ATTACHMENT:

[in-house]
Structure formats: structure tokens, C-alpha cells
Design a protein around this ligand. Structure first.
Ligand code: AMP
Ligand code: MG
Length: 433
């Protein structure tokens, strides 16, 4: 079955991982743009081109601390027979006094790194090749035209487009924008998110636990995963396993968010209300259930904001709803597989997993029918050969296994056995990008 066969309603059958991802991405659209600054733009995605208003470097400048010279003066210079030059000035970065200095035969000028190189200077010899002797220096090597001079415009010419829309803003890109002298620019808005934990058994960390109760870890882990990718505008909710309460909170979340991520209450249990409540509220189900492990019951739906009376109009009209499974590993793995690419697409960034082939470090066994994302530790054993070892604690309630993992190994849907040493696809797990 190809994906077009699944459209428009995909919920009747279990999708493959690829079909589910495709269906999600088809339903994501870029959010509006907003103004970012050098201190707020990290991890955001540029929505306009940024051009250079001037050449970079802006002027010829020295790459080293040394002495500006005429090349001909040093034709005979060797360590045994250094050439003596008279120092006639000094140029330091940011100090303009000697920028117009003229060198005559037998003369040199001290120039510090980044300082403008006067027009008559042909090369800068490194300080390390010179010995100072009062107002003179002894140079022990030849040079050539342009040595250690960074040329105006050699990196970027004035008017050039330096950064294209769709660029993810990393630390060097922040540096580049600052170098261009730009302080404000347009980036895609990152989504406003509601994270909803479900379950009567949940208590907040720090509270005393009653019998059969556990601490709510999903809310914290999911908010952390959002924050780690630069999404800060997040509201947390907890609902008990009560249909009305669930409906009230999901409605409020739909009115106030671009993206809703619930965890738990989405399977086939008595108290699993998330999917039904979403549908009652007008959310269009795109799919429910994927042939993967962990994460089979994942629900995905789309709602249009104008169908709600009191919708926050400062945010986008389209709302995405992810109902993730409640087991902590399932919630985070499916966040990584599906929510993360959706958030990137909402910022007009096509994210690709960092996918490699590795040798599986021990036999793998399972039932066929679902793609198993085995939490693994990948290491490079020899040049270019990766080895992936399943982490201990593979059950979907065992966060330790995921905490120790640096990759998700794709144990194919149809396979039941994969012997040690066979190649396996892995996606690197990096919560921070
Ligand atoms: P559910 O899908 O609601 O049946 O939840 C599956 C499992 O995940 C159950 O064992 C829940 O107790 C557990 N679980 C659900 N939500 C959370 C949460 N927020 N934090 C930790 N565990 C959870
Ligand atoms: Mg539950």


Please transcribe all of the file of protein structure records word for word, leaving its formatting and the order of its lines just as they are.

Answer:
[in-house]
Structure formats: structure tokens, C-alpha cells
Design a protein around this ligand. Structure first.
Ligand code: AMP
Ligand code: MG
Length: 433
């Protein structure tokens, strides 16, 4: 079955991982743009081109601390027979006094790194090749035209487009924008998110636990995963396993968010209300259930904001709803597989997993029918050969296994056995990008 066969309603059958991802991405659209600054733009995605208003470097400048010279003066210079030059000035970065200095035969000028190189200077010899002797220096090597001079415009010419829309803003890109002298620019808005934990058994960390109760870890882990990718505008909710309460909170979340991520209450249990409540509220189900492990019951739906009376109009009209499974590993793995690419697409960034082939470090066994994302530790054993070892604690309630993992190994849907040493696809797990 190809994906077009699944459209428009995909919920009747279990999708493959690829079909589910495709269906999600088809339903994501870029959010509006907003103004970012050098201190707020990290991890955001540029929505306009940024051009250079001037050449970079802006002027010829020295790459080293040394002495500006005429090349001909040093034709005979060797360590045994250094050439003596008279120092006639000094140029330091940011100090303009000697920028117009003229060198005559037998003369040199001290120039510090980044300082403008006067027009008559042909090369800068490194300080390390010179010995100072009062107002003179002894140079022990030849040079050539342009040595250690960074040329105006050699990196970027004035008017050039330096950064294209769709660029993810990393630390060097922040540096580049600052170098261009730009302080404000347009980036895609990152989504406003509601994270909803479900379950009567949940208590907040720090509270005393009653019998059969556990601490709510999903809310914290999911908010952390959002924050780690630069999404800060997040509201947390907890609902008990009560249909009305669930409906009230999901409605409020739909009115106030671009993206809703619930965890738990989405399977086939008595108290699993998330999917039904979403549908009652007008959310269009795109799919429910994927042939993967962990994460089979994942629900995905789309709602249009104008169908709600009191919708926050400062945010986008389209709302995405992810109902993730409640087991902590399932919630985070499916966040990584599906929510993360959706958030990137909402910022007009096509994210690709960092996918490699590795040798599986021990036999793998399972039932066929679902793609198993085995939490693994990948290491490079020899040049270019990766080895992936399943982490201990593979059950979907065992966060330790995921905490120790640096990759998700794709144990194919149809396979039941994969012997040690066979190649396996892995996606690197990096919560921070
Ligand atoms: P559910 O899908 O609601 O049946 O939840 C599956 C499992 O995940 C159950 O064992 C829940 O107790 C557990 N679980 C659900 N939500 C959370 C949460 N927020 N934090 C930790 N565990 C959870
Ligand atoms: Mg539950």